I study electronic structure, and from these calculations and other design principles known from this phenomena, I will be synthesizing new classes of honeycomb Kitaev quantum spin liquids,. The focus of this work will be in spin transport measurements of these materials.
I am a physics graduate student working on climate science. We try to answer the questions such as:
- When and where is the first place on Earth that will become uninhabitable with global warming?
- How much outdoor-activity time has to be reduced to protect human from heat stress?
Combining climate science and the existing study of human physiology, we hope to understand how human will be impacted in the future, and to give some guild to protect outdoor workers. We believe humanity can be supported by science!
As a physical chemistry graduate student, I am currently working on the growth and measurement of various materials. Of current interest is researching materials towards Maxtronics or magnetic MAX phases for spintronic applications. Materials of this group, have unknown mechanisms for electrical manipulation of the spin textures, which allows us to study their use in electronic applications while also facilitating a better understanding of the fundamental physics. The goal would be a device in which we can use the materials for information storage (similar to antiferromagnetic spintronic devices) that is more robust due to the remarkable physical properties of MAX materials.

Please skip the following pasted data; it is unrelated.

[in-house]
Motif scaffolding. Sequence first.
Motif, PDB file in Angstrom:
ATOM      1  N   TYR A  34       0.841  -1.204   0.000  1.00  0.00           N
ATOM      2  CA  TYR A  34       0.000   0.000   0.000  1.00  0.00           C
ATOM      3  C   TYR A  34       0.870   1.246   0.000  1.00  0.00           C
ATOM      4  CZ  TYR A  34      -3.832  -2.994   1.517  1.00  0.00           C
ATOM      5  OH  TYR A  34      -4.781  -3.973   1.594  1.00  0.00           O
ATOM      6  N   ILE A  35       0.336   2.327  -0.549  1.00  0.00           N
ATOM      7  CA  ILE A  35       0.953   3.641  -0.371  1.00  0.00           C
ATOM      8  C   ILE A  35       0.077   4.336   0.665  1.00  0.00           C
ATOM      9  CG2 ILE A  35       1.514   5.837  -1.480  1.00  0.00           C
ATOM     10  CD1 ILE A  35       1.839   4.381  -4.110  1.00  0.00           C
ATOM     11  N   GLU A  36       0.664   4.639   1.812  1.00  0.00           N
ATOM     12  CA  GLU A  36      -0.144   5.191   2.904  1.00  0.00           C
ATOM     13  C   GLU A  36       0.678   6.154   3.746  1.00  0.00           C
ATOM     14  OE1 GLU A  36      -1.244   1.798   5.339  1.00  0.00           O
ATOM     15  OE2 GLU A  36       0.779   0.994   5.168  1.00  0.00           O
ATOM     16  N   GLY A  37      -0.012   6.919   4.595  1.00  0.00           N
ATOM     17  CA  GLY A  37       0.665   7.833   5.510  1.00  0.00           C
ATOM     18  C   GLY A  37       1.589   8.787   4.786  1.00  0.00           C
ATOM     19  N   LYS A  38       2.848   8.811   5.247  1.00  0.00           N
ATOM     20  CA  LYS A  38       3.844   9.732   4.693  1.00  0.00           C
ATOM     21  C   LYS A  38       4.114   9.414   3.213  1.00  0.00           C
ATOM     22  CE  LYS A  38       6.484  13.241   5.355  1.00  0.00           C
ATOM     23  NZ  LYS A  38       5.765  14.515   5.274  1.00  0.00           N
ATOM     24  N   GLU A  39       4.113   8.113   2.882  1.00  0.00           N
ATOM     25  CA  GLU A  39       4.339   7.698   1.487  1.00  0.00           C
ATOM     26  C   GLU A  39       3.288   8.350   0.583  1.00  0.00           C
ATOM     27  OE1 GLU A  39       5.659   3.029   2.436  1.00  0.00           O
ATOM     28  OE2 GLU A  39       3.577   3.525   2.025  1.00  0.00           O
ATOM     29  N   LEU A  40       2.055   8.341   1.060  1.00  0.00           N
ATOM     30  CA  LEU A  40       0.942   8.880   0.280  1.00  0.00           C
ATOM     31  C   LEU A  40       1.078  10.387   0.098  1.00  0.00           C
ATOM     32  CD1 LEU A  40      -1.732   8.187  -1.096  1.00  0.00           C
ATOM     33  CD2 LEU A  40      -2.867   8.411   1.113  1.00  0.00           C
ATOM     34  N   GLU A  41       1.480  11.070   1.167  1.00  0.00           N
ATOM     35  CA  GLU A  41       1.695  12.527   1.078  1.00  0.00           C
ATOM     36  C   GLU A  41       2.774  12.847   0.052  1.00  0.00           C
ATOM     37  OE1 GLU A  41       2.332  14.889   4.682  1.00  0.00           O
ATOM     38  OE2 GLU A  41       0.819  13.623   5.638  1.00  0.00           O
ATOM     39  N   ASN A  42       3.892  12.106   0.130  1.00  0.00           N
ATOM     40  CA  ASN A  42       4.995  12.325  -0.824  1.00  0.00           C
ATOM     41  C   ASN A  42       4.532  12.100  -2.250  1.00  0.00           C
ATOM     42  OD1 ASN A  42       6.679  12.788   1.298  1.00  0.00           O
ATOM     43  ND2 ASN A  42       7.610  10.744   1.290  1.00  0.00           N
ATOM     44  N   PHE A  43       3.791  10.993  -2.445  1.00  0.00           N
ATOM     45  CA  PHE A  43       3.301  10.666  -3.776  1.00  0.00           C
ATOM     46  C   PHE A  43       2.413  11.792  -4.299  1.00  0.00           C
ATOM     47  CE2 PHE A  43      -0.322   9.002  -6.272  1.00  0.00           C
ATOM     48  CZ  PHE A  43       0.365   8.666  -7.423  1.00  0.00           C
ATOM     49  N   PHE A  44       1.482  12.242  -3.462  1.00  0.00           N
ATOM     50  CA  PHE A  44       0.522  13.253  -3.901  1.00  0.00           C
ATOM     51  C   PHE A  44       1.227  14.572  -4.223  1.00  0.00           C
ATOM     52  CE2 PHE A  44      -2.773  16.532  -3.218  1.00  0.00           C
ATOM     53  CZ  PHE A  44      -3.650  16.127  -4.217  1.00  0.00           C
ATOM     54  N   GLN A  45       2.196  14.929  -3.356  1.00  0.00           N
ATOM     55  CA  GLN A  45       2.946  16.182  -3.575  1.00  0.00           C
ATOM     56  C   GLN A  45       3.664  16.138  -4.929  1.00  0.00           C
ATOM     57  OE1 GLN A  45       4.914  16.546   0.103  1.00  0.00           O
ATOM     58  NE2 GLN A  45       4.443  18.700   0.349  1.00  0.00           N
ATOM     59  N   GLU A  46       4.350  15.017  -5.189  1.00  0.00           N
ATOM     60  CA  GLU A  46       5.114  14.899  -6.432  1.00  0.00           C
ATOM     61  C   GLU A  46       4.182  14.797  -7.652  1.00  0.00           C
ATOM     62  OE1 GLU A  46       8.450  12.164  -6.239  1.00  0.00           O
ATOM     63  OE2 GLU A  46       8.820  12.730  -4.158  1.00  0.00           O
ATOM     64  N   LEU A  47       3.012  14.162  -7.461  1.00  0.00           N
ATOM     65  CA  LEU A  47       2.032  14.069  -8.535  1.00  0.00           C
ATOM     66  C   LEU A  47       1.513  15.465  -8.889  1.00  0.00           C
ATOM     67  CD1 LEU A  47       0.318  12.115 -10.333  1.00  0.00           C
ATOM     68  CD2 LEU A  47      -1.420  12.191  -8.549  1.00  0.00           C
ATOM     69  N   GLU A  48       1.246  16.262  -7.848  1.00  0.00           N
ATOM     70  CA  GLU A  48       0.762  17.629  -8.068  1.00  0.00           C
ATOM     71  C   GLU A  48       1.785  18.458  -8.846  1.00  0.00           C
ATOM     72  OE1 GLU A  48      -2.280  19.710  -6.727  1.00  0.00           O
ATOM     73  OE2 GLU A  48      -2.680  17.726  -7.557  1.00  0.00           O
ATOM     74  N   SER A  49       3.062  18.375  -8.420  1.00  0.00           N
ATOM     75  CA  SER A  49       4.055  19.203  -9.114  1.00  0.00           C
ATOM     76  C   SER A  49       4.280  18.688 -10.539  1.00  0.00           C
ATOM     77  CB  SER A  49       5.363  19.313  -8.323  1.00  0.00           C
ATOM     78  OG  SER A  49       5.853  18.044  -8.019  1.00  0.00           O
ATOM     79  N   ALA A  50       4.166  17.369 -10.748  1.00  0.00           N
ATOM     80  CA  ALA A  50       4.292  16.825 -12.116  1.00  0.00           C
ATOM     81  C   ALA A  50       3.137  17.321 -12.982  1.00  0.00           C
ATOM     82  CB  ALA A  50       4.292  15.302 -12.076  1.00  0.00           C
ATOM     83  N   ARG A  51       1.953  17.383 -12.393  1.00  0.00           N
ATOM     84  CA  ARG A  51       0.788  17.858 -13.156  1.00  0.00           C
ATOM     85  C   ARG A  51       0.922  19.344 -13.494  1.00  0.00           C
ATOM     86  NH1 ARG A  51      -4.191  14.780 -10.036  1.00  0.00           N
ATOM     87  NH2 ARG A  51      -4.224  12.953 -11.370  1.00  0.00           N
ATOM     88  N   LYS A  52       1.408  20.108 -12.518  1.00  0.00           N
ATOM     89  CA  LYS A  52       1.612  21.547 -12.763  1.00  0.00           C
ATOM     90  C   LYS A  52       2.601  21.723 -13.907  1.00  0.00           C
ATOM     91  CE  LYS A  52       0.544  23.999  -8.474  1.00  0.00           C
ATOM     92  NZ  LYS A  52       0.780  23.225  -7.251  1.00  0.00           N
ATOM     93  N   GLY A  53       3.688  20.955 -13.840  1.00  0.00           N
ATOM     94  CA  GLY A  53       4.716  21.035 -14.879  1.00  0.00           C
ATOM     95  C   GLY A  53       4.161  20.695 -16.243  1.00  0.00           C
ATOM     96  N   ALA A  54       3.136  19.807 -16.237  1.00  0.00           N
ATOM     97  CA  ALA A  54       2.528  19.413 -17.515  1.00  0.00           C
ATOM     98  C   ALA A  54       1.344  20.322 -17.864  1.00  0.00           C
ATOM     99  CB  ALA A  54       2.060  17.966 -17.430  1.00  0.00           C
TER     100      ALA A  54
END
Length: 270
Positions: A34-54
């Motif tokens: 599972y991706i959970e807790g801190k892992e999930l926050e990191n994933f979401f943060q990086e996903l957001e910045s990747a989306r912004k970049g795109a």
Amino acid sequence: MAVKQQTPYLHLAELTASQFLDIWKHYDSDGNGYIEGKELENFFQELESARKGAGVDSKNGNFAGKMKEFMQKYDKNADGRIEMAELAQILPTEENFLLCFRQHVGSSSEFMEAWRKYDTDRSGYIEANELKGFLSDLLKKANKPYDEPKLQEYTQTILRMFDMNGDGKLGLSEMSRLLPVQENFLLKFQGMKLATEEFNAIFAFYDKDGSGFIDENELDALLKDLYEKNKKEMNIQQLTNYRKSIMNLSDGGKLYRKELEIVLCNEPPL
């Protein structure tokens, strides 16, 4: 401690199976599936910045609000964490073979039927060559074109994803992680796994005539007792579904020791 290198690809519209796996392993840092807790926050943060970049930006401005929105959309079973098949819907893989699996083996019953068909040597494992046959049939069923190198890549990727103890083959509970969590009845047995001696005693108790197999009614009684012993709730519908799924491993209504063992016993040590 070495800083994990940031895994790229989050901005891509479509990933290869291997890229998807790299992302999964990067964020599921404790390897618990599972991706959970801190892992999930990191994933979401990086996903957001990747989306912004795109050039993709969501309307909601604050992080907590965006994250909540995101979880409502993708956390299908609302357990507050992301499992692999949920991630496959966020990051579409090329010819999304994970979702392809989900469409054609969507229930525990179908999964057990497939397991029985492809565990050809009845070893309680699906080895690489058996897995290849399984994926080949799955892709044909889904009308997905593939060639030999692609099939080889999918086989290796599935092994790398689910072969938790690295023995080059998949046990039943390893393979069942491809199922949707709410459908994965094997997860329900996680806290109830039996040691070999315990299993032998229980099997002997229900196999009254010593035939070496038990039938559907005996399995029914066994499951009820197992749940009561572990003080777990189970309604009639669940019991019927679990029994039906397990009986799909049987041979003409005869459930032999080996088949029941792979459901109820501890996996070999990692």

I’m a condensed matter physicist studying weird magnets. On the physics side, I get to learn about what is going on inside of these magnets on a microscopic scale, and to see how interactions individual atoms have with one another translate into macroscopic properties. On the applied side, this work might factor into the next generation of spintronic devices, leading to faster and more efficient computing! A typical day for me involves melting elements together to form new magnets, cutting tiny patterns into crystals using a focused beam of ions, and painting conductive paths using an eyelash glued to a wooden stick.